Still pending

¶ Army IG— The Army Inspector General’s office, overseen by the Defense Department IG, is looking into specific accusations of misconduct by senior officers. Most of those investigations are wrapping up with the results of some now being briefed to members of Congress.

¶ Formica Report — Brig. Gen. Richard Formica has been tasked with looking at Special Operations units and their role in possible detainee abuse.

¶ Jacoby Report — Launched in May 2004, Brig. Gen. Charles Jacoby was ordered to look into detainee operations in Afghanistan.

— Jon R. Anderson

Others involved in the investigation

The fates of several senior officers still hang in the balance as officials wrap up investigations. While some have been cleared, others are expected to face disciplinary action even as civil lawsuits are being filed. Among those waiting:

Lt. Gen. Ricardo Sanchez— Leader of U.S. and coalition forces in Iraq from April 2003 to July 2004. An internal Army investigation and independent panel found Sanchez failed to provide proper oversight at Abu Ghraib and issued confusing policies on interrogations.

Status:Under investigation. Remains commander of V Corps. Recently named in an American Civil Liberties Union lawsuit under charges of war crimes.

Maj. Gen. Walter Wojdakowski— Sanchez’s deputy commander in Iraq and, until recently, at V Corps. Responsible for overseeing support to detention facilities as well as direct oversight of the 205th MI Brigade and 800th MP Brigade at Abu Ghraib. Previous investigations determined he failed to provide proper leadership.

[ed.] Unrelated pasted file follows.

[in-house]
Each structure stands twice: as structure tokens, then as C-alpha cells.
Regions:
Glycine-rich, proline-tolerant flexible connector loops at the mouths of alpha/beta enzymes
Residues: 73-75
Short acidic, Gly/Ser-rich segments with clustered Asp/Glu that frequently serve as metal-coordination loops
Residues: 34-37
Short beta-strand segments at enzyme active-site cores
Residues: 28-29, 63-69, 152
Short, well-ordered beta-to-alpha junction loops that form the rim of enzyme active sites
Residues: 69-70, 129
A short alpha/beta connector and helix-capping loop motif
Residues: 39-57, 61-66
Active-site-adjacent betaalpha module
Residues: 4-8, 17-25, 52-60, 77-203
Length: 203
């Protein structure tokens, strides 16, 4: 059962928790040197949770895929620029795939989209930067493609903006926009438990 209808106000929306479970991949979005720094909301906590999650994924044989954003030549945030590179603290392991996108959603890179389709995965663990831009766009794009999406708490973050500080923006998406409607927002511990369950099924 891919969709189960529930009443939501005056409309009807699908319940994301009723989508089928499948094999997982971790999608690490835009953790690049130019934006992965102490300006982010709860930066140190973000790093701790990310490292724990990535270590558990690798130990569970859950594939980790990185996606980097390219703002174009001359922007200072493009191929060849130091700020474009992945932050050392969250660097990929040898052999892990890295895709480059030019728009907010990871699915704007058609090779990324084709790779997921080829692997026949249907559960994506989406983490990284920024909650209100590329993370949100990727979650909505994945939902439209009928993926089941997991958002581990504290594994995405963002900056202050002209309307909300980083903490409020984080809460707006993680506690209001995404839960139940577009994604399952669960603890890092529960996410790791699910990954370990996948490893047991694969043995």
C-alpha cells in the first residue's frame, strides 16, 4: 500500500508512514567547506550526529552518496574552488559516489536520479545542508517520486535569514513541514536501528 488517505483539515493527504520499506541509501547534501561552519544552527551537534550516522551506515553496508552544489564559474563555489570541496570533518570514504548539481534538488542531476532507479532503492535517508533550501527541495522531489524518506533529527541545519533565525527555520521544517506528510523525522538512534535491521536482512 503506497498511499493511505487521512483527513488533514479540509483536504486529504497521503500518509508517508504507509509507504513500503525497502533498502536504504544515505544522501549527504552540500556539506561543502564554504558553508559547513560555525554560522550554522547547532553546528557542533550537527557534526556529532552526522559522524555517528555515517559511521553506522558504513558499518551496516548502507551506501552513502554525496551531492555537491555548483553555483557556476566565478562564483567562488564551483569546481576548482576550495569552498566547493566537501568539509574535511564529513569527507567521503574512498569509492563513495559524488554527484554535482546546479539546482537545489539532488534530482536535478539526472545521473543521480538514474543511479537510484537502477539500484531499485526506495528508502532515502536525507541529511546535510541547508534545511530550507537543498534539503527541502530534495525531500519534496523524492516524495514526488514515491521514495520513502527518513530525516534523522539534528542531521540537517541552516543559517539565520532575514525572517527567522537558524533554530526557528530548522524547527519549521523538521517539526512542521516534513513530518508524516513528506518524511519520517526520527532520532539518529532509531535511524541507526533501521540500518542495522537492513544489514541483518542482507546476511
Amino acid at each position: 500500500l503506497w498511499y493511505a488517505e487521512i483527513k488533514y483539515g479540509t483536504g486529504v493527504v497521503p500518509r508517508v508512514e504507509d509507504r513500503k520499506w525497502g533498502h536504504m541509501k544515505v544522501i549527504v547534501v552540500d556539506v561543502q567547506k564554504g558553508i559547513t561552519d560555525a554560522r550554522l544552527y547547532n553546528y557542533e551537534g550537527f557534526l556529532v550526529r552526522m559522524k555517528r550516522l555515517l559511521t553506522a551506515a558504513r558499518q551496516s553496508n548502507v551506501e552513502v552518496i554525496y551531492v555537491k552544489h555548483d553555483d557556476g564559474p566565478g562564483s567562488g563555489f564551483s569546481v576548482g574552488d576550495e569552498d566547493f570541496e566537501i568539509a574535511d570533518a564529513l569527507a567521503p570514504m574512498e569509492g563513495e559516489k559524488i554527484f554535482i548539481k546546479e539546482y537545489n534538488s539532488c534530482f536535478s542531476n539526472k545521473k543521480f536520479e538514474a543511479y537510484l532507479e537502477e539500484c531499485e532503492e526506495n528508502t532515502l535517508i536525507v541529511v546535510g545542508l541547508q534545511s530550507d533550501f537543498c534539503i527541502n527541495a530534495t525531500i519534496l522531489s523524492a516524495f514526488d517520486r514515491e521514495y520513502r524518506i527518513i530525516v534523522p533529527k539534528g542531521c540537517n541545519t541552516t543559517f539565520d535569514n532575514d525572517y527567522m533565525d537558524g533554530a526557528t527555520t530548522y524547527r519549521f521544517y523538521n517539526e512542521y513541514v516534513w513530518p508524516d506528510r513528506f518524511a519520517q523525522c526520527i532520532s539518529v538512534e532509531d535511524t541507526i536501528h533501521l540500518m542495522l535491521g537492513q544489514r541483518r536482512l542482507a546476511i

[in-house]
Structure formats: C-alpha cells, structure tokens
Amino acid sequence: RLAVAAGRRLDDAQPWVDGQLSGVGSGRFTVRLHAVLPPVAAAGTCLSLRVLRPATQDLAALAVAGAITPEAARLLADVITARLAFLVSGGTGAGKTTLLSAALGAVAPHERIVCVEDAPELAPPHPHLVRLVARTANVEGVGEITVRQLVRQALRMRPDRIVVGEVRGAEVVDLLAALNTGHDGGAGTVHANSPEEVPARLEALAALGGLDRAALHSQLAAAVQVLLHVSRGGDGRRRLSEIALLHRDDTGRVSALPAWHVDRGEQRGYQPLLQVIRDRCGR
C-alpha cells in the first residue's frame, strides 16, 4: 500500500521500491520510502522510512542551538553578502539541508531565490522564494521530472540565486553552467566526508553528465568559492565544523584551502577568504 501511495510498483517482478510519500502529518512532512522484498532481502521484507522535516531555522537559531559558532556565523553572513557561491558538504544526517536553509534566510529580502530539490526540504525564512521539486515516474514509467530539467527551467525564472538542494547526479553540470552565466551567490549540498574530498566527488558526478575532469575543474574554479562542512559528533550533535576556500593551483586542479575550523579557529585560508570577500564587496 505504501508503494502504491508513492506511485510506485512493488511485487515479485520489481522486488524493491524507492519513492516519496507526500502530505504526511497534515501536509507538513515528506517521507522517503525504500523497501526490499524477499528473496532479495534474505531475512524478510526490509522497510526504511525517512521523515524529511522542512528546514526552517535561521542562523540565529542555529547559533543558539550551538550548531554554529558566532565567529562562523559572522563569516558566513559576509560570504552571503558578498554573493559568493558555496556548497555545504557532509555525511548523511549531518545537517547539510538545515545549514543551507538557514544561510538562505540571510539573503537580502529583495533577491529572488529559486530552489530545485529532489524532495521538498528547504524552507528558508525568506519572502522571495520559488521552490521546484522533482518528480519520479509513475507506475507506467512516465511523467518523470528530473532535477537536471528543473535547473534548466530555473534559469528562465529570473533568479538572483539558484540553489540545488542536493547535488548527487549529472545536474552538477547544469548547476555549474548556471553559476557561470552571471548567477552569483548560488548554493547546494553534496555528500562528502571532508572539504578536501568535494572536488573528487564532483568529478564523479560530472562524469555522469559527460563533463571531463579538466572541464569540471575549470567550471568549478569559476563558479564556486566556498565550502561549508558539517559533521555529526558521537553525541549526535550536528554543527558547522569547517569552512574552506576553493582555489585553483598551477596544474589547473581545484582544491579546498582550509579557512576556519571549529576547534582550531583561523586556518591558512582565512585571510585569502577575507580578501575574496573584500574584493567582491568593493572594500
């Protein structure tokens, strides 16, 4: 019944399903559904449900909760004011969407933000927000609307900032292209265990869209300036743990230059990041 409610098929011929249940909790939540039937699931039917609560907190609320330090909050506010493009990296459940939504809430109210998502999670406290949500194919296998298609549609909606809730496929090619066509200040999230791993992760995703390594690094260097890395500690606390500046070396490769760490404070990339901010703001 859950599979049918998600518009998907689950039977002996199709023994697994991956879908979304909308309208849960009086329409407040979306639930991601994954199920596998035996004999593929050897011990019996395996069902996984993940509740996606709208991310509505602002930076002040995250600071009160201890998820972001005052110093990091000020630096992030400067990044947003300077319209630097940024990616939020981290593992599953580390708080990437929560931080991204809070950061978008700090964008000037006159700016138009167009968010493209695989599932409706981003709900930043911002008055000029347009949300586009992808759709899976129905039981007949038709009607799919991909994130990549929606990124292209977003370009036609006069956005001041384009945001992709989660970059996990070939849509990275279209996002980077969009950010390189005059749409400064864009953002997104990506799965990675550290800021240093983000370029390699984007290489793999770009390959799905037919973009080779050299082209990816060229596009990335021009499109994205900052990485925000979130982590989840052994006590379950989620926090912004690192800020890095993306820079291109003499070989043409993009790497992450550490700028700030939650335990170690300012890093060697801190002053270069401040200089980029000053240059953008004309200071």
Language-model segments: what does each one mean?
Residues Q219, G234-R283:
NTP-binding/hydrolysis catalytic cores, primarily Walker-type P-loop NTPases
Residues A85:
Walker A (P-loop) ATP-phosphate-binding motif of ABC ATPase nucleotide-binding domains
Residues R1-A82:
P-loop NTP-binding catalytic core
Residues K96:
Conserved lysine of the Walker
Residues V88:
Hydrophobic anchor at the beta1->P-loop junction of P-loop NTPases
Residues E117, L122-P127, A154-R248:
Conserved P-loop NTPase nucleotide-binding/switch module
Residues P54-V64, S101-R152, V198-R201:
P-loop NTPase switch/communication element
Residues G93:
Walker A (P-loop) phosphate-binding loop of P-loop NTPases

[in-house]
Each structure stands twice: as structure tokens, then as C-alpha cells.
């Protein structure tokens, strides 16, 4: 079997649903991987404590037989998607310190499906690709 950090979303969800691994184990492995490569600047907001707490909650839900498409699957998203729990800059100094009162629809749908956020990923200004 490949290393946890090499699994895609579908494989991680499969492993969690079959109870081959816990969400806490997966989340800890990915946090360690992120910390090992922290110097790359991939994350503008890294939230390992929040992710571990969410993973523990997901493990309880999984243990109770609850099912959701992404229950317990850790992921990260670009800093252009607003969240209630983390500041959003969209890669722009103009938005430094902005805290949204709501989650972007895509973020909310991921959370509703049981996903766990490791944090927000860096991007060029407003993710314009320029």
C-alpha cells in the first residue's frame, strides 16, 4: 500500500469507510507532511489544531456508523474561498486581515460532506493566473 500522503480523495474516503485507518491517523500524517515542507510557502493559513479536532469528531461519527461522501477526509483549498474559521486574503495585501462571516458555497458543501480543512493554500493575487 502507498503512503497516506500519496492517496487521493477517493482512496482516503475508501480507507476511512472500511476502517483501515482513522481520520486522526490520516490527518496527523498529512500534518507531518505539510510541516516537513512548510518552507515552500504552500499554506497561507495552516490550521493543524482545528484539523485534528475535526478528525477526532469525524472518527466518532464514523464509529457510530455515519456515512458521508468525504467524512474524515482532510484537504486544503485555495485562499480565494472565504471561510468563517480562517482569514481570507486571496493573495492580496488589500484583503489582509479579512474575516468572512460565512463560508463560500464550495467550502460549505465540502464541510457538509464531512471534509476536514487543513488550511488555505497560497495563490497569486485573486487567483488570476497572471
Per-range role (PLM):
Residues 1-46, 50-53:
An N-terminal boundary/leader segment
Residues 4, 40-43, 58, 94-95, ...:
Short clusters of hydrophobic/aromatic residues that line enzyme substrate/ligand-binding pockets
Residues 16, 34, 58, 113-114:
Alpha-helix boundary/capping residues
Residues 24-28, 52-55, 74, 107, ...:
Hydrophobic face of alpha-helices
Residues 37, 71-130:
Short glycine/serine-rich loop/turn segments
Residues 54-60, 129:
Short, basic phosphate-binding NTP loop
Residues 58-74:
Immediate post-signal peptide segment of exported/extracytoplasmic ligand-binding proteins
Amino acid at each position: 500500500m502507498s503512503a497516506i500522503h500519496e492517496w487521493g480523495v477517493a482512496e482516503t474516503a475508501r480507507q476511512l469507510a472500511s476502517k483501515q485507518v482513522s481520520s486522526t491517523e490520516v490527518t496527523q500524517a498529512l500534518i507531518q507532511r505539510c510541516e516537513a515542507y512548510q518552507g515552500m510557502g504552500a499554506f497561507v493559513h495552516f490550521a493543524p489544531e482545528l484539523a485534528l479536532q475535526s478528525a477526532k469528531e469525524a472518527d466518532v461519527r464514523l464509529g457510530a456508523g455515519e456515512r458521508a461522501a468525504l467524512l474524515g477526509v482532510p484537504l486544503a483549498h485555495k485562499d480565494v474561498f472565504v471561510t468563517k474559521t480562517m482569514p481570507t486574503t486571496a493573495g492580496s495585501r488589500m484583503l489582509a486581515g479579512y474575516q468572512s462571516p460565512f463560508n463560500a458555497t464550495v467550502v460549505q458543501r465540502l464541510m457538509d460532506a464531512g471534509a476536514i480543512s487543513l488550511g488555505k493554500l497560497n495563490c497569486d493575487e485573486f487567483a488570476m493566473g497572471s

Status:Recently reassigned as special assistant to the commander of Army forces in Europe. Remains under investigation.

Brig. Gen. Janis Karpinski— Commander of 800th Military Police Brigade. Harshly criticized by investigators for weak and ineffectual leadership that created a climate at Abu Ghraib that led to the abuses. One investigation also accused her of “material misrepresentations” during questioning.

Status:Suspended from command duties. Recently issued a letter of reprimand by Army Chief of Staff Dick Cody. Named in ACLU lawsuit.

Col. Thomas Pappas— Commander of 205th Military Intelligence in Iraq. Accused of multiple leadership failures, including improperly authorizing the use of dogs in interrogations.

Status:Remains commander of 205th MI Brigade, now redeployed home to Germany. Under investigation. Named in ACLU lawsuit.

Lt. Col. Stephen L. Jordan— Director of Joint Interrogation Debriefing Center. Accused of multiple leadership failures, including properly training and supervising his troops and for being deceitful during abuse investigations. Failure to obey direct orders to not talk about the case with others. “He conducted an e-mail campaign soliciting support from others involved in the investigation.”

Status:Under investigation.

— Jon R. Anderson